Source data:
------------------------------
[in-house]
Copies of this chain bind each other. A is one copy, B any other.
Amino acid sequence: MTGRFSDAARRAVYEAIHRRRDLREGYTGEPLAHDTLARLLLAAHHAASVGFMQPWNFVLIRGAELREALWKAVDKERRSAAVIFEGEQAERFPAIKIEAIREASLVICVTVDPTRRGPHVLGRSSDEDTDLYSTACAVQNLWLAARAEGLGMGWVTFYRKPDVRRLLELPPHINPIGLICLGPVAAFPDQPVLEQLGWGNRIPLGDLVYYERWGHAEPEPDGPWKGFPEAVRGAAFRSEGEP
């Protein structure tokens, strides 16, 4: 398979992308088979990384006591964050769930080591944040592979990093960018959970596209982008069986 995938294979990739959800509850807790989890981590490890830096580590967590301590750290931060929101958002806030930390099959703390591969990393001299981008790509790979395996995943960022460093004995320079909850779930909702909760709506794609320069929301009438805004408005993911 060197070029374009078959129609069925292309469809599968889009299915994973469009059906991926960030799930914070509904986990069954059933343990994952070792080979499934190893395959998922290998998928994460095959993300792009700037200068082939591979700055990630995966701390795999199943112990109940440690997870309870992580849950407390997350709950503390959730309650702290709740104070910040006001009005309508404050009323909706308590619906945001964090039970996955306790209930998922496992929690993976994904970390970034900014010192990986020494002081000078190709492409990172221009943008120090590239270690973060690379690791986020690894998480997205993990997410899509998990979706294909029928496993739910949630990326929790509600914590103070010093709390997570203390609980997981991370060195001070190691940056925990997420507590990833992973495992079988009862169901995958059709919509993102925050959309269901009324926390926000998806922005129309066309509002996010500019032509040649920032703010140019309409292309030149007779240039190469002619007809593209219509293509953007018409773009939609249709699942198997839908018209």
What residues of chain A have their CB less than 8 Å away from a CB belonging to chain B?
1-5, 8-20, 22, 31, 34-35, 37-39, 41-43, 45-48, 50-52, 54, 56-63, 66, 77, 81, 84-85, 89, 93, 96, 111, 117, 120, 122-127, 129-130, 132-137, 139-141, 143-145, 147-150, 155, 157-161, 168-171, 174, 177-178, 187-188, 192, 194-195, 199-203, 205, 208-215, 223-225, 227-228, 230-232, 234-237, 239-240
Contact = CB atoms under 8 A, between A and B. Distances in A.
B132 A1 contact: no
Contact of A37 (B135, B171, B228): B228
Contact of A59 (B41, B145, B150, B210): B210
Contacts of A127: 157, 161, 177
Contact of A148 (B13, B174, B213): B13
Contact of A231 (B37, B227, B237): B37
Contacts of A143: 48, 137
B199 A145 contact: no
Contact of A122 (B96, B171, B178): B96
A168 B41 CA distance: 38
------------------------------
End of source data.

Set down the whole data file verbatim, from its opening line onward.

[in-house]
Copies of this chain bind each other. A is one copy, B any other.
Amino acid sequence: MTGRFSDAARRAVYEAIHRRRDLREGYTGEPLAHDTLARLLLAAHHAASVGFMQPWNFVLIRGAELREALWKAVDKERRSAAVIFEGEQAERFPAIKIEAIREASLVICVTVDPTRRGPHVLGRSSDEDTDLYSTACAVQNLWLAARAEGLGMGWVTFYRKPDVRRLLELPPHINPIGLICLGPVAAFPDQPVLEQLGWGNRIPLGDLVYYERWGHAEPEPDGPWKGFPEAVRGAAFRSEGEP
């Protein structure tokens, strides 16, 4: 398979992308088979990384006591964050769930080591944040592979990093960018959970596209982008069986 995938294979990739959800509850807790989890981590490890830096580590967590301590750290931060929101958002806030930390099959703390591969990393001299981008790509790979395996995943960022460093004995320079909850779930909702909760709506794609320069929301009438805004408005993911 060197070029374009078959129609069925292309469809599968889009299915994973469009059906991926960030799930914070509904986990069954059933343990994952070792080979499934190893395959998922290998998928994460095959993300792009700037200068082939591979700055990630995966701390795999199943112990109940440690997870309870992580849950407390997350709950503390959730309650702290709740104070910040006001009005309508404050009323909706308590619906945001964090039970996955306790209930998922496992929690993976994904970390970034900014010192990986020494002081000078190709492409990172221009943008120090590239270690973060690379690791986020690894998480997205993990997410899509998990979706294909029928496993739910949630990326929790509600914590103070010093709390997570203390609980997981991370060195001070190691940056925990997420507590990833992973495992079988009862169901995958059709919509993102925050959309269901009324926390926000998806922005129309066309509002996010500019032509040649920032703010140019309409292309030149007779240039190469002619007809593209219509293509953007018409773009939609249709699942198997839908018209």
What residues of chain A have their CB less than 8 Å away from a CB belonging to chain B?
1-5, 8-20, 22, 31, 34-35, 37-39, 41-43, 45-48, 50-52, 54, 56-63, 66, 77, 81, 84-85, 89, 93, 96, 111, 117, 120, 122-127, 129-130, 132-137, 139-141, 143-145, 147-150, 155, 157-161, 168-171, 174, 177-178, 187-188, 192, 194-195, 199-203, 205, 208-215, 223-225, 227-228, 230-232, 234-237, 239-240
Contact = CB atoms under 8 A, between A and B. Distances in A.
B132 A1 contact: no
Contact of A37 (B135, B171, B228): B228
Contact of A59 (B41, B145, B150, B210): B210
Contacts of A127: 157, 161, 177
Contact of A148 (B13, B174, B213): B13
Contact of A231 (B37, B227, B237): B37
Contacts of A143: 48, 137
B199 A145 contact: no
Contact of A122 (B96, B171, B178): B96
A168 B41 CA distance: 38